All sorts of things have happened that have left sort of smell traces.Forget Everything You Know About Your Dog (Ep. 436) | Stephen J. Dubner | October 22, 2020 | Freakonomics
But then, if a clear line of causality could be traced, we wouldn't be talking about Palmer.
The majority of the early cases were traced back to unsanitary needles.
But ProPublica traced the photograph back to a stock photo company called StockTrek Images.Exclusive: ‘Pro-Troop’ Charity Pays Off Tea Party Cronies Instead | Kim Barker | August 5, 2014 | THE DAILY BEAST
But much can be traced to the expansion of regulatory power.Dawn of the Age of Oligarchy: the Alliance between Government and the 1% | Joel Kotkin | June 28, 2014 | THE DAILY BEAST
The historians involved have traced the cup back to King Fernando I of Spain (1037-1065).Spain’s New ‘Holy Grail’: Jesus Couldn’t Afford That Kind of Bling | Candida Moss | April 6, 2014 | THE DAILY BEAST
Idly his pen traced upon the paper in front of him a large X, the sign of the unknown quantity.Uncanny Tales | Various
The general traced two lines on the dusty earth, about eight feet apart.The Pit Town Coronet, Volume I (of 3) | Charles James Wills
The execution is such that the drawing of the gown and the lines of the face seem to have been traced by an engraver's tool.Bastien Lepage | Fr. Crastre
There he had been watching his movements, and traced him, with dreadful suspicion, to the house of Vanboeren.Checkmate | Joseph Sheridan Le Fanu
The sound holes may have been traced down and even the upper and lower circular holes bored.Antonio Stradivari | Horace William Petherick
British Dictionary definitions for trace (1 of 2)
a mark or other sign that something has been in a place; vestige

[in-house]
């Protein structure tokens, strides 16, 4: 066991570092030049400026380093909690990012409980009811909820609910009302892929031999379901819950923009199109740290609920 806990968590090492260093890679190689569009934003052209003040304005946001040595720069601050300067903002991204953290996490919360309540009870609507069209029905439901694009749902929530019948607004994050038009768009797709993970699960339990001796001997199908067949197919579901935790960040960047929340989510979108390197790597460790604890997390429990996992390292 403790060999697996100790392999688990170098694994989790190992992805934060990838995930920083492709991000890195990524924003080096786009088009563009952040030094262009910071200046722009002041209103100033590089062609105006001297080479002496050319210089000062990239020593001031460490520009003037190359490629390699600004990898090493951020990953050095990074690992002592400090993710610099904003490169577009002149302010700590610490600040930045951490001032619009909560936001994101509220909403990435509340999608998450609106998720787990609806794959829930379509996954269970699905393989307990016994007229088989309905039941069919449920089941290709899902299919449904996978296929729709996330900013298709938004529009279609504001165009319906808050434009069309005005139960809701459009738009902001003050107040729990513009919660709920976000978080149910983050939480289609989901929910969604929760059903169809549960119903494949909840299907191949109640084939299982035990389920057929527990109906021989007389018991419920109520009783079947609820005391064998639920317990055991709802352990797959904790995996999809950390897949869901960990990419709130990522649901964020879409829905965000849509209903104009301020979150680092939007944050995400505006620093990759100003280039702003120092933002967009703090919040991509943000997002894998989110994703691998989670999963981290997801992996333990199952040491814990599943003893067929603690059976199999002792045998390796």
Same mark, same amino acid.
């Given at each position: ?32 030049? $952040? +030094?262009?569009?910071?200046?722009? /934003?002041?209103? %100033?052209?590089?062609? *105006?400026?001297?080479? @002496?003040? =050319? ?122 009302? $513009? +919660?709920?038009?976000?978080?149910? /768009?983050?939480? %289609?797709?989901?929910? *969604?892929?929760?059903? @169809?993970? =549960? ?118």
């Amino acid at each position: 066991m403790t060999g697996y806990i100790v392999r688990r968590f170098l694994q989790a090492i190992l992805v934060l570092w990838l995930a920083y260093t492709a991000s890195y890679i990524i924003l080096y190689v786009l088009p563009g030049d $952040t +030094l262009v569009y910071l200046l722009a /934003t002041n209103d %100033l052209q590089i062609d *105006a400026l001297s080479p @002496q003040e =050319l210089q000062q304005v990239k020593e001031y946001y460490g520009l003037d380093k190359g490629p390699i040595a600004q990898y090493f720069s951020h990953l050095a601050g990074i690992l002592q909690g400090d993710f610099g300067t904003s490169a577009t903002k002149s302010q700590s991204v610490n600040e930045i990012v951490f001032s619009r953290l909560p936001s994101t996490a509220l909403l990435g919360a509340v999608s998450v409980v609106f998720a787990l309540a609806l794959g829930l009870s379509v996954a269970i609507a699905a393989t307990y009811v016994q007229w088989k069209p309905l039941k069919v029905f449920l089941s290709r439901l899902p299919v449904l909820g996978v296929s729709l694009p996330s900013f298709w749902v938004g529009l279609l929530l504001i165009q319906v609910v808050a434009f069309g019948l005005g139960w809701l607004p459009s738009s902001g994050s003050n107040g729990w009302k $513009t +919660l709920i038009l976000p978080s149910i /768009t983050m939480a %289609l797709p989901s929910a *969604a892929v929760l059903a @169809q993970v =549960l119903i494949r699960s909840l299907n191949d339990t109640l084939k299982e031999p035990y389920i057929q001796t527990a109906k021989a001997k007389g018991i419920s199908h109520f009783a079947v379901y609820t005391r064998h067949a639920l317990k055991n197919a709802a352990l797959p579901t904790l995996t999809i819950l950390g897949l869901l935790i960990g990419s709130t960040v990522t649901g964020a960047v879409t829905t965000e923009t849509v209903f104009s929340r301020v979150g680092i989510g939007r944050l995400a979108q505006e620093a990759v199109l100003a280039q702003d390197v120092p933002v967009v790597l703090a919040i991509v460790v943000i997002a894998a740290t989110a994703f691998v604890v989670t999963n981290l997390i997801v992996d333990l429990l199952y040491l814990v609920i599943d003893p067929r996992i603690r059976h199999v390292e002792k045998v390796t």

a tiny or scarcely detectable amount or characteristic
a footprint or other indication of the passage of an animal or person
any line drawn by a recording instrument or a record consisting of a number of such lines
something drawn, such as a tracing
mainly US a beaten track or path
geometry the intersection of a surface with a coordinate plane
maths the sum of the diagonal entries of a square matrix
linguistics a symbol inserted in the constituent structure of a sentence to mark the position from which a constituent has been moved in a generative process
meteorol an amount of precipitation that is too small to be measured
archaic a way taken; route
(tr) to follow, discover, or ascertain the course or development of (something): to trace the history of China
(tr) to track down and find, as by following a trail
to copy (a design, map, etc) by drawing over the lines visible through a superimposed sheet of transparent paper or other material
(tr often foll by out)
to draw or delineate a plan or diagram of: she spent hours tracing the models one at a time
to outline or sketch (an idea, policy, etc): he traced out his scheme for the robbery
(tr) to decorate with tracery
(tr) to imprint (a design) on cloth, etc
(usually foll by back) to follow or be followed to source; date back: his ancestors trace back to the 16th century
archaic to make one's way over, through, or along (something)
- traceable, adjective
- traceability or traceableness, noun
- traceably, adverb
- traceless, adjective
- tracelessly, adverb
British Dictionary definitions for trace (2 of 2)
either of the two side straps that connect a horse's harness to the swingletree
angling a length of nylon or, formerly, gut attaching a hook or fly to a line
kick over the traces to escape or defy control
Collins English Dictionary - Complete & Unabridged 2012 Digital Edition © William Collins Sons & Co. Ltd. 1979, 1986 © HarperCollins Publishers 1998, 2000, 2003, 2005, 2006, 2007, 2009, 2012